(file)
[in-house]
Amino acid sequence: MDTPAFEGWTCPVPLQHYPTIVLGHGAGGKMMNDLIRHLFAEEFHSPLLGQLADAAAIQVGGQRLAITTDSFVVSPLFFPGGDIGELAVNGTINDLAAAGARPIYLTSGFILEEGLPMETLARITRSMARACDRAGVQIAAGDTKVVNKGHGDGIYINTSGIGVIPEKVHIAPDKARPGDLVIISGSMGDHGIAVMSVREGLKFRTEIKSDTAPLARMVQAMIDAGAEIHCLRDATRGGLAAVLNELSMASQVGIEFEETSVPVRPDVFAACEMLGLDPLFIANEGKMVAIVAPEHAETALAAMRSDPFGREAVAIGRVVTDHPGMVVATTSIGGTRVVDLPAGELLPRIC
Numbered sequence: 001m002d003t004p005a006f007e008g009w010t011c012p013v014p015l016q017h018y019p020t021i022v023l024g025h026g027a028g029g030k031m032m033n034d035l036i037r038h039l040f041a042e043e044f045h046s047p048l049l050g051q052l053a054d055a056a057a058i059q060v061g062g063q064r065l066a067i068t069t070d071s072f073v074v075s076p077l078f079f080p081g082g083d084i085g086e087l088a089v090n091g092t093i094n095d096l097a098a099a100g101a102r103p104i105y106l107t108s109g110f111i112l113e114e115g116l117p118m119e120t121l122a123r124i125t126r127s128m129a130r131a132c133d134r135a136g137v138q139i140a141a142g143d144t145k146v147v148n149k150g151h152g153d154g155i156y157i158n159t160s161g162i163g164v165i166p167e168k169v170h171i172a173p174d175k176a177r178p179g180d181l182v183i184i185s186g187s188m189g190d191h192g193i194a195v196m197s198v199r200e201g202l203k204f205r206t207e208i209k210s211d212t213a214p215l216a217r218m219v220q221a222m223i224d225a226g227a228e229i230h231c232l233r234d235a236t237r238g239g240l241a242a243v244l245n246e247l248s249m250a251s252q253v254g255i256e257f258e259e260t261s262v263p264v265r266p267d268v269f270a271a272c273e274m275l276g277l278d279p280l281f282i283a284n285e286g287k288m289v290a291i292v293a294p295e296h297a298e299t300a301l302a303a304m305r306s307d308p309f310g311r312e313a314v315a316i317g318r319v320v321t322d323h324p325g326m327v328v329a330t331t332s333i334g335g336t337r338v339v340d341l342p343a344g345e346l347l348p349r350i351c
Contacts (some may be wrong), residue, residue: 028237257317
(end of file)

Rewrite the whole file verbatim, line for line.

[in-house]
Amino acid sequence: MDTPAFEGWTCPVPLQHYPTIVLGHGAGGKMMNDLIRHLFAEEFHSPLLGQLADAAAIQVGGQRLAITTDSFVVSPLFFPGGDIGELAVNGTINDLAAAGARPIYLTSGFILEEGLPMETLARITRSMARACDRAGVQIAAGDTKVVNKGHGDGIYINTSGIGVIPEKVHIAPDKARPGDLVIISGSMGDHGIAVMSVREGLKFRTEIKSDTAPLARMVQAMIDAGAEIHCLRDATRGGLAAVLNELSMASQVGIEFEETSVPVRPDVFAACEMLGLDPLFIANEGKMVAIVAPEHAETALAAMRSDPFGREAVAIGRVVTDHPGMVVATTSIGGTRVVDLPAGELLPRIC
Numbered sequence: 001m002d003t004p005a006f007e008g009w010t011c012p013v014p015l016q017h018y019p020t021i022v023l024g025h026g027a028g029g030k031m032m033n034d035l036i037r038h039l040f041a042e043e044f045h046s047p048l049l050g051q052l053a054d055a056a057a058i059q060v061g062g063q064r065l066a067i068t069t070d071s072f073v074v075s076p077l078f079f080p081g082g083d084i085g086e087l088a089v090n091g092t093i094n095d096l097a098a099a100g101a102r103p104i105y106l107t108s109g110f111i112l113e114e115g116l117p118m119e120t121l122a123r124i125t126r127s128m129a130r131a132c133d134r135a136g137v138q139i140a141a142g143d144t145k146v147v148n149k150g151h152g153d154g155i156y157i158n159t160s161g162i163g164v165i166p167e168k169v170h171i172a173p174d175k176a177r178p179g180d181l182v183i184i185s186g187s188m189g190d191h192g193i194a195v196m197s198v199r200e201g202l203k204f205r206t207e208i209k210s211d212t213a214p215l216a217r218m219v220q221a222m223i224d225a226g227a228e229i230h231c232l233r234d235a236t237r238g239g240l241a242a243v244l245n246e247l248s249m250a251s252q253v254g255i256e257f258e259e260t261s262v263p264v265r266p267d268v269f270a271a272c273e274m275l276g277l278d279p280l281f282i283a284n285e286g287k288m289v290a291i292v293a294p295e296h297a298e299t300a301l302a303a304m305r306s307d308p309f310g311r312e313a314v315a316i317g318r319v320v321t322d323h324p325g326m327v328v329a330t331t332s333i334g335g336t337r338v339v340d341l342p343a344g345e346l347l348p349r350i351c
Contacts (some may be wrong), residue, residue: 028237257317